25 Years

Marital Transgressions: Infidelity, Divorce, and Polygyny in a Swahili Muslim community in Coastal Tanzania

Date: 
Fri, 03/23/2018 - 12:00pm
Event Location: 
Heller Hall 537

Abstract: This work grapples with the ordinariness of infidelity – one of the ultimate transgressions in intimate relationships and its relationship to polygyny and divorce in Peponi, a rural Swahili Muslim fishing village in coastal Tanzania. Women in Peponi, push back against naturalizing arguments for polygyny, and unambiguously prefer infidelity to polygyny. In fact, they openly discuss their preference for husbands to have girlfriends and lovers rather than second and third wives. Most women articulate a desire for monogamous, romantic, and companionate marriage, and simultaneously anticipate their husbands will “look outside the marriage.” They argue infidelity is not their greatest provocation. Infidelity, and women’s tolerance of the it, must be understood in the context of men’s pursuit of polygyny and the impact it can have on their marriage (Keefe 2015, 2016). Women in Peponi openly discuss their preference for their husband’s infidelity in the form of girl friends, secret and informal wives, and short term affairs to their pursuit and achievement of a second or third wife. In fact, polygyny, it’s threat and reality, regularly prompt a path to divorce for most women. It is in this context that women prefer and, in their own way, choose infidelity.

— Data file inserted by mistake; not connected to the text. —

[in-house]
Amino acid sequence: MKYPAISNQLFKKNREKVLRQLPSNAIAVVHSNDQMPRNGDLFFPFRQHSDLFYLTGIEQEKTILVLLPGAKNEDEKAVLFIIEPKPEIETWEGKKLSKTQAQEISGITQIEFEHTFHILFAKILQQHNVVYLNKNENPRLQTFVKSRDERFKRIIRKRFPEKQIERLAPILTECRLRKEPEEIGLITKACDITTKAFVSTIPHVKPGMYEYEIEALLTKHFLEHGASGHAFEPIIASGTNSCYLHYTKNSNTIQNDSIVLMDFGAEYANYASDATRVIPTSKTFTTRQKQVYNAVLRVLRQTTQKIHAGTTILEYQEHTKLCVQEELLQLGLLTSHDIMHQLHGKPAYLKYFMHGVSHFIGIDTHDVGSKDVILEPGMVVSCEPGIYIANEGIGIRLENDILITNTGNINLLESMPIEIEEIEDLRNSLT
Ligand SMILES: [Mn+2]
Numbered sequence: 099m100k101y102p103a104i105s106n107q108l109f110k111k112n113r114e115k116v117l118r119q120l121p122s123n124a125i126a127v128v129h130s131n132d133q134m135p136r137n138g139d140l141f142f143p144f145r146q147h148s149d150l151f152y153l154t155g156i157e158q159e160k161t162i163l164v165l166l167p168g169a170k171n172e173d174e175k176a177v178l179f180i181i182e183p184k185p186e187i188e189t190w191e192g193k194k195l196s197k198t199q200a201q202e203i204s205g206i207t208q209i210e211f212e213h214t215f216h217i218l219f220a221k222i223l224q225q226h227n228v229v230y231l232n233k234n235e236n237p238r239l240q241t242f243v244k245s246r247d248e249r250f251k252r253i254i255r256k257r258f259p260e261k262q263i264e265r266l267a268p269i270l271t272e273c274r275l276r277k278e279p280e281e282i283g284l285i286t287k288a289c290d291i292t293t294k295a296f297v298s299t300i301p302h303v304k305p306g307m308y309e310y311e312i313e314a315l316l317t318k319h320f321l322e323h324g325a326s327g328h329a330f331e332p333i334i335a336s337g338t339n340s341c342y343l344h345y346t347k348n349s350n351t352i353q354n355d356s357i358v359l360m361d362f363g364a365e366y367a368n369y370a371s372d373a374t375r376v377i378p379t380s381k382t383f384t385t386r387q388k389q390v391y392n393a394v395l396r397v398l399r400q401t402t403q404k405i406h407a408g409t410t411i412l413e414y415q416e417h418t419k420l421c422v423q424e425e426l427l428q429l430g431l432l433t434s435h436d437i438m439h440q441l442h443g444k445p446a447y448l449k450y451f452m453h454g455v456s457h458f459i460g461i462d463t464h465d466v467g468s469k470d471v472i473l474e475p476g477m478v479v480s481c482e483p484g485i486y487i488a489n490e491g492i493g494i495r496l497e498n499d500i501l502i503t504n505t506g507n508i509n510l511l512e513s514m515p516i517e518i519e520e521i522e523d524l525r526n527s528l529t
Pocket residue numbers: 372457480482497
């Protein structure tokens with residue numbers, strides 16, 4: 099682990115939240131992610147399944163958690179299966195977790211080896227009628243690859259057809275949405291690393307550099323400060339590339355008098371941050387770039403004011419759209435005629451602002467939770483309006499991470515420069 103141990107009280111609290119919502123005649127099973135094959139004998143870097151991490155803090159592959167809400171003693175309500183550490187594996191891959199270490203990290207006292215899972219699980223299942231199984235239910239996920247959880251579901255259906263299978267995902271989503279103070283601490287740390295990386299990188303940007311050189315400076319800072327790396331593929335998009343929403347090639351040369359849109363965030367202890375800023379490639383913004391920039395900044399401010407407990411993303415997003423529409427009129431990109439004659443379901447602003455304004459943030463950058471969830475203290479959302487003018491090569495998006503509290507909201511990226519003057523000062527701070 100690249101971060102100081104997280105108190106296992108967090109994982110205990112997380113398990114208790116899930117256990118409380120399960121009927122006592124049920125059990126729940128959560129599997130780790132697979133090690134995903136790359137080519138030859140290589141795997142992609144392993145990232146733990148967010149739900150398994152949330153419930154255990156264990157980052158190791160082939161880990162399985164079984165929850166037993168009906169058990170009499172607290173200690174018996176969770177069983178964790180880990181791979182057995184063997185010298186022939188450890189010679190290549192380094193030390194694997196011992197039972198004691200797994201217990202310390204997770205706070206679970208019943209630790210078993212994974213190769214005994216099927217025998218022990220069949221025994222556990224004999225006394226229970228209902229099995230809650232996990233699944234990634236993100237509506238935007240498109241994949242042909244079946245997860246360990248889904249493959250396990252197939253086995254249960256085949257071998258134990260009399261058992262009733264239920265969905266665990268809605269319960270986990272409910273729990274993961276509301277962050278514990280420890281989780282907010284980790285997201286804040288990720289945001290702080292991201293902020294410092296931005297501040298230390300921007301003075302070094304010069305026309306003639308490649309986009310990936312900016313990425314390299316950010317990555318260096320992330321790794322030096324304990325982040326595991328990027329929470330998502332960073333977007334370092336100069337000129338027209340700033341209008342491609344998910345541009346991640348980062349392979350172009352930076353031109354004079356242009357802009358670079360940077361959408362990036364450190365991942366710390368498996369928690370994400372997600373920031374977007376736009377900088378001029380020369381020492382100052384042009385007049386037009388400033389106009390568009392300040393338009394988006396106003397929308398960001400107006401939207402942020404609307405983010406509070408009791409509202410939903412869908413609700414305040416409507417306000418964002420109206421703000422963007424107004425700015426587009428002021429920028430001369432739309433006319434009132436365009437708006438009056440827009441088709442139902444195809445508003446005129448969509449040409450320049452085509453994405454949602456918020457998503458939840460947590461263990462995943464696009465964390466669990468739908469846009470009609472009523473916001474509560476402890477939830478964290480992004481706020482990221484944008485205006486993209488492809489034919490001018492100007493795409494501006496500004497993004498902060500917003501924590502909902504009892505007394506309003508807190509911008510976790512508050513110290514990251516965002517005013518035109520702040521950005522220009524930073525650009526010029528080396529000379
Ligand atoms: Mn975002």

Susi Keefe, Ph.D., is Assistant Professor in the Public Health Sciences program in the Dept. of Biology at Hamline University. Her research centers on the intersection of gender, religion and health in East Africa. Dr. Keefe earned her Ph.D. from Brown University in 2010 from the Department of Anthropology. In addition to her graduate education in the Department of Anthropology, she was a trainee of the Population Studies and Training Center (PSTC) at Brown. This training culminated in dissertation research in Tanzania funded by a Fulbright-Hays Doctoral Dissertation Research Award. Based on over two years of ethnographic fieldwork in northern and coastal Tanzania, she has published articles and chapters on reproductive health and decision making, Islam and bioethics, marriage and kinship, and intimate relationships among Pare and Swahili women and men. Dr. Keefe is the newly elected President of the Tanzanian Studies Association.  She was recently awarded the Minnesota Campus Compact Award for Civic Engagement at Hamline University based on her efforts to bridge course work with community engaged scholarship in St. Paul.